Elie Chapuis: Isle of Dogs Looks like Nothing You Usually See in Animation

Wes Anderson’s eagerly awaited new film Isle of Dogs had its Czech premiere at this year’s Anifilm.

Elie Chapuis, The Isle of DogsFoto: The Isle of Dogs, Anifilm

What was the impulse or motivation behind your collaboration on Isle of Dogs?

I had worked on Fantastic Mr Fox and was eager to work for Wes Anderson’s new stop-motion film again as soon as I started to hear about the project. For schedule reasons I only could come for the very last months of its shooting, and that’s where I met Ben, who by then was very active producing the “behind the scenes” and making of elements for the release. It was a really nice encounter with a lot of smiling, kindness and mutual interest for each other’s work and roles on the film, I think.

This is not Wes Anderson’s first animated film. Do you think that his style or way of working with puppets has changed since Fantastic Mr. Fox?

Absolutely. I think Wes has a much better and finer knowledge about what he can get from the puppets, the animators, and the whole acting range that is possible in stop-motion. He learnt a lot for sure on Fantastic Mr Fox and during those 9 years between the two films and you could definitely feel that on the set of Isle of Dogs and the preciseness of his direction.

Could you describe what working with the director was like? Did you meet him during the shooting?

Wes is not at all physically present on the set, but he closely follows every step of every shot via e-mail and thanks to the producers and the animation director on set. Working with him is a mix between a lot of trust and leaving room for the animator to make a few acting proposals, and a very clear plan he has in his head about everything. He can suddenly be very specific about a detail that you would not estimate is central to the scene you’re animating, and you need to help him find exactly what he wants through those kind of details.

Which scenes were the most difficult to animate?

In stop-motion, there are not really such a thing as an “easy” scene, and that’s particularly true on a Wes Anderson film. I think the main dog scenes with a lot of emotion, dialogue where the main story developments are at stake were the most difficult to animate, but most of them were already completed when I arrived on the shooting. As mentioned in the previous point, sometimes an less crucial scene where you would think Wes will not spend too much time progressively takes more and more to shoot and reshoot because he is extremely specific on a certain character move, a certain face expression, the timing of an action, something that nobody really had expected to be central. There’s a scene where Atari jumps off a slide in an abandoned amusement park, which was probably re-shot 7 or 8 times because he wanted to see all the jumping / bumping / twisting variations possible. In the final film it probably just lasts 3 seconds…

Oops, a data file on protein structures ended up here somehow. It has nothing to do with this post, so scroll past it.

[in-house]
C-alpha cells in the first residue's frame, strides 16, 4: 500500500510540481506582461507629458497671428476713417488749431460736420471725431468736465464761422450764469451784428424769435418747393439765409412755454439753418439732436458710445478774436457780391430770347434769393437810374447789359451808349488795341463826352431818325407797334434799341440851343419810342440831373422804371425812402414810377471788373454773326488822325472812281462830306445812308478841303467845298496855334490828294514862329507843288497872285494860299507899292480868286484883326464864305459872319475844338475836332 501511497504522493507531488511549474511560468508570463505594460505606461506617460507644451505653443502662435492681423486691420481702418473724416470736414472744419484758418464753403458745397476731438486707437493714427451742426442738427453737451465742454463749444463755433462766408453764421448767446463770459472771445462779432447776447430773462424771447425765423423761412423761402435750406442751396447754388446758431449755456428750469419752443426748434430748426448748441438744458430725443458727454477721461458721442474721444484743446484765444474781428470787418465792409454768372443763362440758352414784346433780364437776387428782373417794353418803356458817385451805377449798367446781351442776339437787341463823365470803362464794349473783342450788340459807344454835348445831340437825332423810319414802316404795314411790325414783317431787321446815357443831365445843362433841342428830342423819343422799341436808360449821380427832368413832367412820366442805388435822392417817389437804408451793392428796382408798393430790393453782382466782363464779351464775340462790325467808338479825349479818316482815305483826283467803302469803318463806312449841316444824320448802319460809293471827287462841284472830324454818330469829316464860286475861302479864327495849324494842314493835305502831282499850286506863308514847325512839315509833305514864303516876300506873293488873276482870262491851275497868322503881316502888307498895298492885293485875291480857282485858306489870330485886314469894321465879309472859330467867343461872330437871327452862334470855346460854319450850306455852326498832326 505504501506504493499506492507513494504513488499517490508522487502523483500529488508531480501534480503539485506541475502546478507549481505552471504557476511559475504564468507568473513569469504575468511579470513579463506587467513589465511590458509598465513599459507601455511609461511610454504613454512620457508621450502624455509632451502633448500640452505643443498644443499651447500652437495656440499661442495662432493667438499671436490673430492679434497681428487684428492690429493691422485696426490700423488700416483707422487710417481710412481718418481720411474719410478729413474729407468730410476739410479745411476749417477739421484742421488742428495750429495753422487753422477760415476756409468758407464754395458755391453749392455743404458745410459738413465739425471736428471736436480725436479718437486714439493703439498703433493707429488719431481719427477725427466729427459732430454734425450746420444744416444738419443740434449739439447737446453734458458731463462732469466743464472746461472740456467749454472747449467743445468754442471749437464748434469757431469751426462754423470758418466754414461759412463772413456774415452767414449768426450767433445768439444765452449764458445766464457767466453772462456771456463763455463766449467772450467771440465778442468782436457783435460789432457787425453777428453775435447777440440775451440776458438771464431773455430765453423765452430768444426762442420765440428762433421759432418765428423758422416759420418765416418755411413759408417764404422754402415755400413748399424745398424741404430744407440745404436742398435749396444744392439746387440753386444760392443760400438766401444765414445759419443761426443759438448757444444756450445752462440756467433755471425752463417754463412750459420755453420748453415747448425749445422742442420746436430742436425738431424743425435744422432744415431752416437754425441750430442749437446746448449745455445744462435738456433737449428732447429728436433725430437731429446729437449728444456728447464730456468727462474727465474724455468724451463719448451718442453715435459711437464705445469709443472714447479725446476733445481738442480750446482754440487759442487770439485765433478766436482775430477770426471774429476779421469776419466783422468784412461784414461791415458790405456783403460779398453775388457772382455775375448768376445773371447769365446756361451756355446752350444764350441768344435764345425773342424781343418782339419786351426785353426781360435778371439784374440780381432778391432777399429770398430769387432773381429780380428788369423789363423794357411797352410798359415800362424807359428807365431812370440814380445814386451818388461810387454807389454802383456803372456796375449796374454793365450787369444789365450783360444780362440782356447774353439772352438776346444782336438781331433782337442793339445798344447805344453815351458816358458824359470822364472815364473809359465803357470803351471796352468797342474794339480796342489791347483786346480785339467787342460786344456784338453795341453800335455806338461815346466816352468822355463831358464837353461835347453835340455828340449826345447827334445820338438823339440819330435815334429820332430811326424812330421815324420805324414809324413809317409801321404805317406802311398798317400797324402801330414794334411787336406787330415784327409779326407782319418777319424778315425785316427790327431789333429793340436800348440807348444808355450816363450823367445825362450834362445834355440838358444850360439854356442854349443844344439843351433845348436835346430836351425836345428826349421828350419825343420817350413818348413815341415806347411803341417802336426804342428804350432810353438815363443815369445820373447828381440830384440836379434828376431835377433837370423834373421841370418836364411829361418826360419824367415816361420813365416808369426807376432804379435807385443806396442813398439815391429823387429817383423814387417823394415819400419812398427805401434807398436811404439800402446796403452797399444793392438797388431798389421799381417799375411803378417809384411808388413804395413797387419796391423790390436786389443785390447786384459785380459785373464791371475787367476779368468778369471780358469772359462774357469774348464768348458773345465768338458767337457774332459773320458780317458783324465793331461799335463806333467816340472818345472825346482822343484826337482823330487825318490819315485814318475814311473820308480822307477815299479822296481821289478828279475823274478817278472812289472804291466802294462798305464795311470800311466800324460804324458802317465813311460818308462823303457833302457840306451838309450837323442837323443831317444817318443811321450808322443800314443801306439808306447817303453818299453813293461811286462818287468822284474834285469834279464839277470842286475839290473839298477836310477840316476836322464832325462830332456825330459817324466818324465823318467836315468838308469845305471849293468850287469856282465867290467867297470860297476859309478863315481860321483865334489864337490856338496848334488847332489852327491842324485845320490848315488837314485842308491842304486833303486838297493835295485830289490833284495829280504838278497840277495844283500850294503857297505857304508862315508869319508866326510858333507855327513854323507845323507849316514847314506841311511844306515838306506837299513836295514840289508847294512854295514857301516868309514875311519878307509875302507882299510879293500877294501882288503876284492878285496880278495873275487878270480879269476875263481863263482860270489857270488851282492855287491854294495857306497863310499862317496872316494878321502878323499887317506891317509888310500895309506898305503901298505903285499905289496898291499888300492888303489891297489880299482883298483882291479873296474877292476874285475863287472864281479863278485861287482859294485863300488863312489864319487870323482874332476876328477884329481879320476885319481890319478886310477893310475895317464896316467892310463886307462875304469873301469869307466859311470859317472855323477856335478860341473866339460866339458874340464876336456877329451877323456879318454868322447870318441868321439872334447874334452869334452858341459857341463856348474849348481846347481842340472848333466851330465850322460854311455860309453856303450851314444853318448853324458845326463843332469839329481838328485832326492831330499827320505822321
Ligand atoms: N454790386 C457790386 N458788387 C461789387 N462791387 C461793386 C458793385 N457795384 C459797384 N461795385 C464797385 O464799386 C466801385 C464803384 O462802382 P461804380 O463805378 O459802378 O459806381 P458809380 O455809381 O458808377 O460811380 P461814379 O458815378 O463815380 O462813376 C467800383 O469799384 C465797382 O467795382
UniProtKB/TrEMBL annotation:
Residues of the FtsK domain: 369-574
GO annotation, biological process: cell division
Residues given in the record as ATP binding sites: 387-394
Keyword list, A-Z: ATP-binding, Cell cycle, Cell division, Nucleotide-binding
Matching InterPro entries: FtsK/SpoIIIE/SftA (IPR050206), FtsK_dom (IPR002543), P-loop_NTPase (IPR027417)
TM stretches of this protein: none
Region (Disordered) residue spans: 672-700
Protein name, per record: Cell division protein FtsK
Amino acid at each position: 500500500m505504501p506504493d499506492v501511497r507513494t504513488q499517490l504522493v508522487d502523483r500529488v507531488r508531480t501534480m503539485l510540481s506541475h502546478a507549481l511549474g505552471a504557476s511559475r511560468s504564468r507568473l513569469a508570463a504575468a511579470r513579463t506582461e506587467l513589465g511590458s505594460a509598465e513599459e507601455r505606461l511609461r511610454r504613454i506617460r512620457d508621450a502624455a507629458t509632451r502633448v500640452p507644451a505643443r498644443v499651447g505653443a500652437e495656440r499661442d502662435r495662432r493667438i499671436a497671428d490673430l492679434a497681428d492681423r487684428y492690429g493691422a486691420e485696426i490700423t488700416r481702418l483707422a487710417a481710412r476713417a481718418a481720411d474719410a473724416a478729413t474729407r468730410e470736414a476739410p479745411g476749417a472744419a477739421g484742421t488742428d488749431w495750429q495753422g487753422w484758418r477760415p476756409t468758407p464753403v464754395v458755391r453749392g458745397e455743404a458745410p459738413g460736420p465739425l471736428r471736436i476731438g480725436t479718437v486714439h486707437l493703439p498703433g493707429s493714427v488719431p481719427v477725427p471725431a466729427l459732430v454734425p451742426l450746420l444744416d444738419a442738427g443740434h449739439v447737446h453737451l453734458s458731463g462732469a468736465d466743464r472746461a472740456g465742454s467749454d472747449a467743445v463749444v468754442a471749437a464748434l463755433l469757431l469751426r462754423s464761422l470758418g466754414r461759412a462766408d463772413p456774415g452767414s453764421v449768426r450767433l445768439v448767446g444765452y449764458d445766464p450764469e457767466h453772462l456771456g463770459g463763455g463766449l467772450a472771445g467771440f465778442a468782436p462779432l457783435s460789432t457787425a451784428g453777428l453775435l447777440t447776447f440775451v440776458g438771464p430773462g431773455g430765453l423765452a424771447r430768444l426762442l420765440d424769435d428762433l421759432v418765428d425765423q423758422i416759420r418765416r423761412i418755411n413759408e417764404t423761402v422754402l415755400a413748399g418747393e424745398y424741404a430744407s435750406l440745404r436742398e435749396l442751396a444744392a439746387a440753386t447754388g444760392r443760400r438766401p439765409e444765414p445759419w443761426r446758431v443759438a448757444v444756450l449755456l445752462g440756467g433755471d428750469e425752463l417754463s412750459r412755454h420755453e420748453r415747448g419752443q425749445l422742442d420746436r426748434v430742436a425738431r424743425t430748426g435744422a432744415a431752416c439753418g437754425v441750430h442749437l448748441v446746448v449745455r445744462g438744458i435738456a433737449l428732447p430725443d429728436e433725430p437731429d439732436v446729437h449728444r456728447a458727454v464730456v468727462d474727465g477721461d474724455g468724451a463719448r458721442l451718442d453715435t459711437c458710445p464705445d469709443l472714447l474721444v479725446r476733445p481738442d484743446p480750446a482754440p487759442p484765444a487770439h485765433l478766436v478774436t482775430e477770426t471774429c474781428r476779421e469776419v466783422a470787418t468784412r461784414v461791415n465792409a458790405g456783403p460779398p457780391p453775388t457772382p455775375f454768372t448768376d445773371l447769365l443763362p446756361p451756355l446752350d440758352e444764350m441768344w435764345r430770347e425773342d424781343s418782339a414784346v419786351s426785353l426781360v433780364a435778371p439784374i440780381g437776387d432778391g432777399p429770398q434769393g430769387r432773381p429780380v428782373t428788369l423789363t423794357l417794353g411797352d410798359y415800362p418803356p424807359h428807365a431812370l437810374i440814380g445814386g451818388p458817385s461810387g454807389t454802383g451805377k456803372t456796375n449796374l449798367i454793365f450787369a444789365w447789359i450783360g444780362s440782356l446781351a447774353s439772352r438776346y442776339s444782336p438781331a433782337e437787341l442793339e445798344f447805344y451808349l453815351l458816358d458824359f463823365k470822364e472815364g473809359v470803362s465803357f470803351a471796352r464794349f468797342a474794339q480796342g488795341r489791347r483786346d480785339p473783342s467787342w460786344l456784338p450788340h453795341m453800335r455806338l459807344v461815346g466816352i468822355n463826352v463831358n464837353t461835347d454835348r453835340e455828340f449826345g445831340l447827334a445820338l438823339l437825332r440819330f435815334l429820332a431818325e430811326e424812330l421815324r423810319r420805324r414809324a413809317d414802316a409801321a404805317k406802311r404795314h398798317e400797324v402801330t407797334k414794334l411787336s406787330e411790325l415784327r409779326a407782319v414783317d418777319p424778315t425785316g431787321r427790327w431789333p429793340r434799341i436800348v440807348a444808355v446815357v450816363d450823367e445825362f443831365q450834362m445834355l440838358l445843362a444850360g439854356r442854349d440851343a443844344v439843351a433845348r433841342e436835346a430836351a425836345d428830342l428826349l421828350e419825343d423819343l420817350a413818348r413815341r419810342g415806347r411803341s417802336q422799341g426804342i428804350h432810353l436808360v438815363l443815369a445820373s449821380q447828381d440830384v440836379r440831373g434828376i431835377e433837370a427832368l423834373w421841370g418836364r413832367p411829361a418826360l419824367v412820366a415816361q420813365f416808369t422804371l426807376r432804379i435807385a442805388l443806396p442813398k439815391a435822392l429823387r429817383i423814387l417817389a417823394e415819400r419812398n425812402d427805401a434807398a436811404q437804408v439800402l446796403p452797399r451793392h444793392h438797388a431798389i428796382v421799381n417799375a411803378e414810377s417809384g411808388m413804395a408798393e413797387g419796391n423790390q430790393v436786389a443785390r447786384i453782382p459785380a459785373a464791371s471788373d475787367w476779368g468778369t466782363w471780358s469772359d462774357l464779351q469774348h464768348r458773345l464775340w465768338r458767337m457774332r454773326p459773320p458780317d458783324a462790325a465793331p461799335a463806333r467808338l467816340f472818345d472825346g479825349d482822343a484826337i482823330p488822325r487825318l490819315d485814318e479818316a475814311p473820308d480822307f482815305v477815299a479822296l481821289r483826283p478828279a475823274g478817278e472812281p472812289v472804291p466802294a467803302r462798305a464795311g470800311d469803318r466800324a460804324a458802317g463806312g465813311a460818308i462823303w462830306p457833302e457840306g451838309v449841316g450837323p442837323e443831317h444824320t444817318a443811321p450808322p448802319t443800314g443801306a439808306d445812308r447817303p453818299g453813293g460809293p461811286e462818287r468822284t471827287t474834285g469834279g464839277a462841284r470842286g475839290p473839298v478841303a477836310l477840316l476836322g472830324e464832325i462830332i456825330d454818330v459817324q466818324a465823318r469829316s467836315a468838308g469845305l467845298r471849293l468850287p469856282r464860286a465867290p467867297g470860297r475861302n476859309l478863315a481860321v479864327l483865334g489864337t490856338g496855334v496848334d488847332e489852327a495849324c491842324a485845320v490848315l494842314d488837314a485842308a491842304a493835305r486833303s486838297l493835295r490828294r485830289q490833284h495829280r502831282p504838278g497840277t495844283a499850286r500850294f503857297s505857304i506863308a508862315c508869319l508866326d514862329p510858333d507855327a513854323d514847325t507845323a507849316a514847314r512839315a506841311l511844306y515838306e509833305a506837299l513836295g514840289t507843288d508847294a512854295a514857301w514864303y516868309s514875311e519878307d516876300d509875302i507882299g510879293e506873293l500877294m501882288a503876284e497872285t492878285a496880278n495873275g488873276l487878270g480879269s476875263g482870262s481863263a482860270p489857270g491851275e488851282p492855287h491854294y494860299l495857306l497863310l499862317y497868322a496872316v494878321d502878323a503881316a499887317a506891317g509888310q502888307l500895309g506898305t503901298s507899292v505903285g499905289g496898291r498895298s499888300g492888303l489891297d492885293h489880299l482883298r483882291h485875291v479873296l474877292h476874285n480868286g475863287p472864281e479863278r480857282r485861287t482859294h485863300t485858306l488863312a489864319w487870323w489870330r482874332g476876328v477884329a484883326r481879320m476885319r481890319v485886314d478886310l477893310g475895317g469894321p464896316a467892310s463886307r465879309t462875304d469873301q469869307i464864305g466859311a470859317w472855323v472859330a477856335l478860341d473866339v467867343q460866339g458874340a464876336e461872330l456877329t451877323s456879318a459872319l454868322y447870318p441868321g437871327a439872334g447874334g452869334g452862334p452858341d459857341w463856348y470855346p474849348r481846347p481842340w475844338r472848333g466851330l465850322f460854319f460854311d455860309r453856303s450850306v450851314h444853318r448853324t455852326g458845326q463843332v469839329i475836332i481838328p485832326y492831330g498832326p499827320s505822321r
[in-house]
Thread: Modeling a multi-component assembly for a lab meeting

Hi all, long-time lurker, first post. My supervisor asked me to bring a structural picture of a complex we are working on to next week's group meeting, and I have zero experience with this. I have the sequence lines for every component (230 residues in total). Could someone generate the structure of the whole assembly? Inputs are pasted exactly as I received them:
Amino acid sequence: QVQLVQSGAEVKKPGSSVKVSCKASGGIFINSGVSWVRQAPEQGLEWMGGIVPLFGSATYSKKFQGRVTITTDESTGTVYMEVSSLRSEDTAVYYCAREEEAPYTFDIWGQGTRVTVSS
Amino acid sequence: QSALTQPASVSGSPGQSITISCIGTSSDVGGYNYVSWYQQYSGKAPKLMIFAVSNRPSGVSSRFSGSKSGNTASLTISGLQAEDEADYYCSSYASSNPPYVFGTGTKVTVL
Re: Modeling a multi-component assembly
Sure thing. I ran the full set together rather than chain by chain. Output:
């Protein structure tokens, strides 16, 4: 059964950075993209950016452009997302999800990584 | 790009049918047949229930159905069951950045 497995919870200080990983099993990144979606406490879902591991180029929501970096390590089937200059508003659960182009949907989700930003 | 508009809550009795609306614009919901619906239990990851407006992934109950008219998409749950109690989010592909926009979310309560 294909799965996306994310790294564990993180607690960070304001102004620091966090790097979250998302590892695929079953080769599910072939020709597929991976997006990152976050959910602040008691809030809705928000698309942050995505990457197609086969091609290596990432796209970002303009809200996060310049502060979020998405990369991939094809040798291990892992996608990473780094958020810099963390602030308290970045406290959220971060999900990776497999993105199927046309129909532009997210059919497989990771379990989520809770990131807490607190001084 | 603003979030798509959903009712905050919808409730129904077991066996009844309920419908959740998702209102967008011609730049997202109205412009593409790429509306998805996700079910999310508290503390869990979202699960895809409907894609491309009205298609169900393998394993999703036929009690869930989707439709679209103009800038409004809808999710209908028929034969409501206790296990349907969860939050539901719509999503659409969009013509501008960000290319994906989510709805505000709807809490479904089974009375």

Did the animators know the entire story or screenplay of the film?

Yes, as animators we were very privileged because we were among the rare ones who had unlimited access to the whole film and were screened a few different versions of the cut as it evolved. At such an advanced stage of the shooting, we were not shown the script anymore but rather the animatic, which is the storyboard of the film cut with the definitive dialogues and the main sound effects. I think only the very first animators working on the film were sent the script in advance before the shooting took place, in late 2015 / early 2016. So before I arrived, I had no idea of the film other than animators telling me: “It’s a film in Japan with dogs, and you must come work with us, it looks amazing.”

How do you like the final version of Isle of Dogs?

I only saw it once at the Berlinale during its first ever public premiere, and the atmosphere and expectations around the film were so special and intense that maybe only half of my attention was on the screen because I was equally thrilled by how and when the audience was reacting to the film in that huge and packed theatre. I am looking forward to watching the film a few more times until I can get a better idea, even if it’s quite impossible to be objective about a film you’ve worked on. The only thing I could say for sure is that it is visually stunning and that it looks like nothing you usually see in animation, it’s very fresh and sometimes pretty radical, which is a great pride to have been part of.

The interview was originally published in the Anifilm festival newsletter.

Malvína Balvínová, 10. 5. 2018

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